Starved for Attention
July 22, 2010 9:54 AM   Subscribe

Malnutrition, the silent epidemic - Photojournalist Ron Haviv traveled to Bangladesh to document a silent epidemic that may lack the drama to make the nightly news, but has the power to undermine a world's worth of young lives: childhood malnutrition.
posted by kliuless (6 comments total) 5 users marked this as a favorite
Fun. Bangladesh is essentially one of the worst places in the world to grow up, from a health perspective. No one's fault, really - just bad luck. Like plenty of developing countries, it's got shoddy water infrastructure, so the surface water quality can be dodgy. Unlike many other developing countries, Bangladesh has regular and severe flooding - which makes the water quality that much worse.

Ah, but wait! Bangladesh has aquifers! Surely the underground water supply can provide the populace with potable drinking water -

Oh. Wait. Arsenic? In the aquifers? Staggering amounts of the stuff? Enough that Bangladesh is one of the few places on Earth where chronic arsenecosis is relatively common? Tough break, Bangladesh.

The malnutrition is a helpful addition to the mix, I'm sure.
posted by Mr. Excellent at 10:08 AM on July 22, 2010

For context:

Here is a sample list of allowed foods on WIC. There are many, many issues with WIC, the way it is run and the allowed foods but for all its problems, prejudices and lobbying-bloat, you can put together a nutritionally complete meal on it. (Not many, and WIC-stretching slants buying choices away from balanced nutrition, but that's a different post.)

Also I would point out that while I have never heard of plumpynuts until today, I can't help thinking that plumpynuts would not be three times as expensive as corn and soy if we subsidised plumpynut production as heavily as we subsidise, say, corn and soy production.
posted by DarlingBri at 10:39 AM on July 22, 2010

Plumpynut wouldn't be as expensive as it is, if it wasn't for the patent protection on it. There is unfilled demand for it, and there are a lot of peanuts, and producers who would be happy to make it. But they can't, because it's patented.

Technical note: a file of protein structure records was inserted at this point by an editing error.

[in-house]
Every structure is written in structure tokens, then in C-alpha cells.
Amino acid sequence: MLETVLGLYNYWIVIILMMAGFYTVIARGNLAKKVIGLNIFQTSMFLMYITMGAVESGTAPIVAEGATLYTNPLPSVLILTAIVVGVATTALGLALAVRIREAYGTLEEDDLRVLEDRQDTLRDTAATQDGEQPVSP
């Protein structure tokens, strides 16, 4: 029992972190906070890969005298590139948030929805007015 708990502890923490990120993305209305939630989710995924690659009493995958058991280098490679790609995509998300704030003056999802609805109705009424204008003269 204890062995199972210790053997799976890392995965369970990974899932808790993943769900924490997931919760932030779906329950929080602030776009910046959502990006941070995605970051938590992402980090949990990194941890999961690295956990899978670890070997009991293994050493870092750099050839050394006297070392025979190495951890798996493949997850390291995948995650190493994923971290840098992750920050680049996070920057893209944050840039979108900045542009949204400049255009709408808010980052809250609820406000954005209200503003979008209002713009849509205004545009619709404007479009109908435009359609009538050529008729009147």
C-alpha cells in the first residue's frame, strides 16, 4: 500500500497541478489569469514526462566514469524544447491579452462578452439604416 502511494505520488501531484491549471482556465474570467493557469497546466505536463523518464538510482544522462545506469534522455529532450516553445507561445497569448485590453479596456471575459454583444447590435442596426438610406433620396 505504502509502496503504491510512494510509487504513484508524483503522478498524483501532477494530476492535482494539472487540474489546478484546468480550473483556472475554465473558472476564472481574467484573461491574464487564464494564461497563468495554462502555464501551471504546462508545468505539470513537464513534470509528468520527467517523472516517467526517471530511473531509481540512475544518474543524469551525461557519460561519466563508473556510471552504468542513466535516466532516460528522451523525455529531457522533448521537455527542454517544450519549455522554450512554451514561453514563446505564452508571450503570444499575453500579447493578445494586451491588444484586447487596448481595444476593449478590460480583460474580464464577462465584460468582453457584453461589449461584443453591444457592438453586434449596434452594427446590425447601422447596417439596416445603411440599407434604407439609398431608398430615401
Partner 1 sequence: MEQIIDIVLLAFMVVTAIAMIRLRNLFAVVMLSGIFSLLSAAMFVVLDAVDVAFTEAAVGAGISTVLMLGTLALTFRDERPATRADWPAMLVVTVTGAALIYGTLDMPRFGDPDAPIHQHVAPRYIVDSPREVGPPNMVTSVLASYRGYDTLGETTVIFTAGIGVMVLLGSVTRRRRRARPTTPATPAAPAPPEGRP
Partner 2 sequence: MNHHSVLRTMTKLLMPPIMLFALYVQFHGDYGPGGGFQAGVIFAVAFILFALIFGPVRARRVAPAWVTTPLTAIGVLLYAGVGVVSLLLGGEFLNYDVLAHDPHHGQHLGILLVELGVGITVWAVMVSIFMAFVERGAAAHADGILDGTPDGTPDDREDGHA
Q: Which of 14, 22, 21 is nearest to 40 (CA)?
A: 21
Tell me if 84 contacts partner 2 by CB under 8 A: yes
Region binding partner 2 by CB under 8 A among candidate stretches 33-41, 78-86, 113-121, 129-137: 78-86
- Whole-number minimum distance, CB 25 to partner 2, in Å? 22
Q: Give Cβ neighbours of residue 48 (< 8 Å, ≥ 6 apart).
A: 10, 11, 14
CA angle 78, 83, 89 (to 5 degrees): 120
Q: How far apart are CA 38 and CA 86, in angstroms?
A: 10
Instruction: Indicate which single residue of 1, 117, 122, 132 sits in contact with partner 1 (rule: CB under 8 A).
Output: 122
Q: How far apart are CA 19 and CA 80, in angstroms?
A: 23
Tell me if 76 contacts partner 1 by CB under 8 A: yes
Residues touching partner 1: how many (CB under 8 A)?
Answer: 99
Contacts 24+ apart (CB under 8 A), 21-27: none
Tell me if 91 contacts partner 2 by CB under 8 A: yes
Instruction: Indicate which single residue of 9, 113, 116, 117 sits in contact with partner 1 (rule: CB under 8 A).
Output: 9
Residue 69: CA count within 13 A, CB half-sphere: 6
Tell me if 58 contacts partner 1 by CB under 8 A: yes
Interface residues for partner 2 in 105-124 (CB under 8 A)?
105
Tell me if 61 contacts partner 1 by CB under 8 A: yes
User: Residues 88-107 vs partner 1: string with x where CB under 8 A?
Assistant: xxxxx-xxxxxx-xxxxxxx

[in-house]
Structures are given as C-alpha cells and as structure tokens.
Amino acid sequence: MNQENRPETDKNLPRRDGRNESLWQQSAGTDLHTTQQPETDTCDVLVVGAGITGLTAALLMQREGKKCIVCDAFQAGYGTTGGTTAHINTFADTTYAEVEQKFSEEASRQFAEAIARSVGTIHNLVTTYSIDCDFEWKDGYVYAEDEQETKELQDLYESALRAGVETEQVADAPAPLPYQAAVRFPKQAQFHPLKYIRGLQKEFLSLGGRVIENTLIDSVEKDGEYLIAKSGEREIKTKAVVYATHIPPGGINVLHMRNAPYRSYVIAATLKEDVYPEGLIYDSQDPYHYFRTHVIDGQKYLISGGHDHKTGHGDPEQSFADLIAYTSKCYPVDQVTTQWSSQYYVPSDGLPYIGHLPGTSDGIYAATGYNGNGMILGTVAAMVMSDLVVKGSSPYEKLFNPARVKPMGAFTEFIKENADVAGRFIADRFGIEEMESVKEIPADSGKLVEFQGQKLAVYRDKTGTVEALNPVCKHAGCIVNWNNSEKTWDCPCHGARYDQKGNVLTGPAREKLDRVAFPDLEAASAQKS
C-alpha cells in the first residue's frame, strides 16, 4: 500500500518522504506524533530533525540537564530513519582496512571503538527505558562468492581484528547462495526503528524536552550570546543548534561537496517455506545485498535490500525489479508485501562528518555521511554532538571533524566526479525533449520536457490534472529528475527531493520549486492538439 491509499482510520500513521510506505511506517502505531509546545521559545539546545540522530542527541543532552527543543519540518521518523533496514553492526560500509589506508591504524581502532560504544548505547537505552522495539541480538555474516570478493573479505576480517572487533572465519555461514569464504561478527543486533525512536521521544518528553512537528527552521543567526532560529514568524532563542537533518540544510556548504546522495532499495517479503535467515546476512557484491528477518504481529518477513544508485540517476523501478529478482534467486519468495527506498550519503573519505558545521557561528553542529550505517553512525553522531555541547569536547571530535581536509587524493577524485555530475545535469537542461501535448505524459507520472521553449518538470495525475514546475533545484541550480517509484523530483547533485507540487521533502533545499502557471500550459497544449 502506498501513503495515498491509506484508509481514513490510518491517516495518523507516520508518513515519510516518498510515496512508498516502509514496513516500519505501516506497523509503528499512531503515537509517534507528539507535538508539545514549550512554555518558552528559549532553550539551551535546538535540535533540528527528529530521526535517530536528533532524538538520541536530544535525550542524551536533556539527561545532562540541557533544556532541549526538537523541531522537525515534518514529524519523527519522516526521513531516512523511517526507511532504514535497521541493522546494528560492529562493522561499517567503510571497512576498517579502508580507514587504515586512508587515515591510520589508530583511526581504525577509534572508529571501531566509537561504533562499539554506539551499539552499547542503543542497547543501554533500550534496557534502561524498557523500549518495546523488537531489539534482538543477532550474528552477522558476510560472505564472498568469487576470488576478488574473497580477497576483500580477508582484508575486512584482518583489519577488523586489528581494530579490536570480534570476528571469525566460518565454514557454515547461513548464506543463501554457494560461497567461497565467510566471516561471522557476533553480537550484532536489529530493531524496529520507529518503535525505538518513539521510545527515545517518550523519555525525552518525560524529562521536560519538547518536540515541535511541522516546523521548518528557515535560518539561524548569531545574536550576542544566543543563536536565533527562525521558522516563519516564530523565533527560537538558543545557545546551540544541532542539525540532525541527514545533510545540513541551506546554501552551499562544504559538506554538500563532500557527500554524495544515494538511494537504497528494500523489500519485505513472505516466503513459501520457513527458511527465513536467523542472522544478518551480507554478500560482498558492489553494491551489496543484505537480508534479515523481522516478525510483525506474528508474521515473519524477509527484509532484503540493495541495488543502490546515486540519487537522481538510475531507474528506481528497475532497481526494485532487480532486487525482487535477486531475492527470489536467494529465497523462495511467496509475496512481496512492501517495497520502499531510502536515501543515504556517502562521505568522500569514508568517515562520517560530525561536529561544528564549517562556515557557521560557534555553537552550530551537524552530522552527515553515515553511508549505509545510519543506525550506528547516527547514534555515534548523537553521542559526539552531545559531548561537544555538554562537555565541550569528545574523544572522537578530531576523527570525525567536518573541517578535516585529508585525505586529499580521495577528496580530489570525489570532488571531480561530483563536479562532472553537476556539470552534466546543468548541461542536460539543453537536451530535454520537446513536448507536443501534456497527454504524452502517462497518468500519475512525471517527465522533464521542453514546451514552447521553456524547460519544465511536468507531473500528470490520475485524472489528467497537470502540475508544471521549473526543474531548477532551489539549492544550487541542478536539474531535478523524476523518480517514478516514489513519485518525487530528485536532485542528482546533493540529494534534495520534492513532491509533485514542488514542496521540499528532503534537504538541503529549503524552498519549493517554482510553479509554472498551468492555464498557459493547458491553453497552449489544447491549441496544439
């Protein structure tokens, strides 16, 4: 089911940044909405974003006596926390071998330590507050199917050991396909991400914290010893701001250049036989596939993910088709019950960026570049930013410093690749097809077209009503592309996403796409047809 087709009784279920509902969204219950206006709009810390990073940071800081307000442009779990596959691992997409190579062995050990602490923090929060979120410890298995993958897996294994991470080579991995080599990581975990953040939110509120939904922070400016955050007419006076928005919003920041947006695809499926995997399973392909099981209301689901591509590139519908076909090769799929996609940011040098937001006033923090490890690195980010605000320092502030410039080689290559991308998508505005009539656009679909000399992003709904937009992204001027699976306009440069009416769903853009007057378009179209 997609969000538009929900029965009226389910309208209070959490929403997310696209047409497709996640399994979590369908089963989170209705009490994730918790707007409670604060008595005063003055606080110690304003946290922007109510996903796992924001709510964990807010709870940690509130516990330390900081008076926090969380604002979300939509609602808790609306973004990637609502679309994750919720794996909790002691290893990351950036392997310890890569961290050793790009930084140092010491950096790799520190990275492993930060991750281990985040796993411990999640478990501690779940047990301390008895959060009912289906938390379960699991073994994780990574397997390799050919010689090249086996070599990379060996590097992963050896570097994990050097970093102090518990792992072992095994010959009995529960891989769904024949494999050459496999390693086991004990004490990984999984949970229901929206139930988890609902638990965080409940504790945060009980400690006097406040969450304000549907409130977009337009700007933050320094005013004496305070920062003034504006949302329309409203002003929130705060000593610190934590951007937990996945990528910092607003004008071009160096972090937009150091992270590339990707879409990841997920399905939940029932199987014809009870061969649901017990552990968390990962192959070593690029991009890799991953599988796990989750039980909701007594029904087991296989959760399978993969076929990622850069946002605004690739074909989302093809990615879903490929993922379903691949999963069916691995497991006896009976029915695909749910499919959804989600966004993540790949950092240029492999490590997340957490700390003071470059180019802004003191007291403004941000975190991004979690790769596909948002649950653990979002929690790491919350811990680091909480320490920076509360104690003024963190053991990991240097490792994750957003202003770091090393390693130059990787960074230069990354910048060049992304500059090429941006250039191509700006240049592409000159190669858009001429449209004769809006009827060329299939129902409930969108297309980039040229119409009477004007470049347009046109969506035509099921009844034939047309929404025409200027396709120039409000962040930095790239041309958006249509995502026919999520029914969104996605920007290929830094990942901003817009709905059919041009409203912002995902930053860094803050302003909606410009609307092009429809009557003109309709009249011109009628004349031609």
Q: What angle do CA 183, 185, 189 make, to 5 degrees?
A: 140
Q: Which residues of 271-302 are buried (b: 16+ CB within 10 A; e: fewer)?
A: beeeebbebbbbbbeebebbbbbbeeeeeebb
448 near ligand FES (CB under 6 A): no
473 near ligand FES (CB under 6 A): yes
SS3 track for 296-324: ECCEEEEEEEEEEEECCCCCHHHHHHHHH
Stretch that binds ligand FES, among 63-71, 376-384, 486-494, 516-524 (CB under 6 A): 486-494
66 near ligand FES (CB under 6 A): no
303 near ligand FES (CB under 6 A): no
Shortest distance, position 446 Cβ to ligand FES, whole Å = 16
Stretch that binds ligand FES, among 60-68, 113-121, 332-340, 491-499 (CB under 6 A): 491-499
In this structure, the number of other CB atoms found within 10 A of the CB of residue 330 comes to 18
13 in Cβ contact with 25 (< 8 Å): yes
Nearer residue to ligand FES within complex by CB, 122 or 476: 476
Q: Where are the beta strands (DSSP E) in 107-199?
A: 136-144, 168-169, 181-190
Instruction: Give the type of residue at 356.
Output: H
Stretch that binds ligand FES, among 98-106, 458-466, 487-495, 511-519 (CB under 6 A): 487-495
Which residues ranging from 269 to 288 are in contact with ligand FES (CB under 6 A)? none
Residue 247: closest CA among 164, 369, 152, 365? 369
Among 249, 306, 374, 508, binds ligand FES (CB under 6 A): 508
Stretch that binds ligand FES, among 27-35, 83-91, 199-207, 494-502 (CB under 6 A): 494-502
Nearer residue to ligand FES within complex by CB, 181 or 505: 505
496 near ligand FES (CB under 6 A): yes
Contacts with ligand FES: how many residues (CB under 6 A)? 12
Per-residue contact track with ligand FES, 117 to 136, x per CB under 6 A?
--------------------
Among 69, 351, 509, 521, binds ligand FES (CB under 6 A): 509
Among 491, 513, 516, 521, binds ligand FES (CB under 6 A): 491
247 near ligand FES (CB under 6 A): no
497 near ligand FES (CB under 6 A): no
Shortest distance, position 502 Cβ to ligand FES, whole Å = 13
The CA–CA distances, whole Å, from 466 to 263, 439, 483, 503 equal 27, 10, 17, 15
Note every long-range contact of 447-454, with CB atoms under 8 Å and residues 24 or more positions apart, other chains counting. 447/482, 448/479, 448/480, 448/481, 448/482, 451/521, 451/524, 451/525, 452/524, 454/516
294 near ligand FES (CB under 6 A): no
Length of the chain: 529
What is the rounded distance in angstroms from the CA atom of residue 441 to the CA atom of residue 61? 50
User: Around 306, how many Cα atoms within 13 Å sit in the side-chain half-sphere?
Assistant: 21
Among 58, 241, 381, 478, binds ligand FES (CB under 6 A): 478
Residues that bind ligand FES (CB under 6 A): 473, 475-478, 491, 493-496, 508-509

The patentholders aren't exactly prototypical moustache-twirling capitalists, but I'm not sure they're doing the right thing either.
posted by Kadin2048 at 11:57 AM on July 22, 2010

By protecting the patent on Plumpynut the patent holders are promoting local production, which will build long term capacity vs short term dumping from first world manufactures. The ultimate solution to malnutrition is not food handouts but increased local/regional food production and economic growth. As counter intuitive as their strategy sounds I think it is the right one.
posted by ChrisHartley at 12:35 PM on July 22, 2010

I'm going to ask if Bangladesh having maltrunition is best of web or even newsworthy. They've had this problem since the beginning of their nation state. Plumpynut's appearance makes me wonder...
posted by infini at 12:44 PM on July 22, 2010

Bread for the world, mentioned in one of the links, does a lot for the hungry. I specifically like their working closely with local people to provide what is actually needed, and using local resources or products. At least once a year a letter writing campaign is organized to encourage people in the U.S. to write to their Congressmen, asking their support for legislature that alleviates world hunger.
posted by francesca too at 1:46 PM on July 22, 2010

« Older If these pants could talk   |   Bring the sledgehammer. Newer »

This thread has been archived and is closed to new comments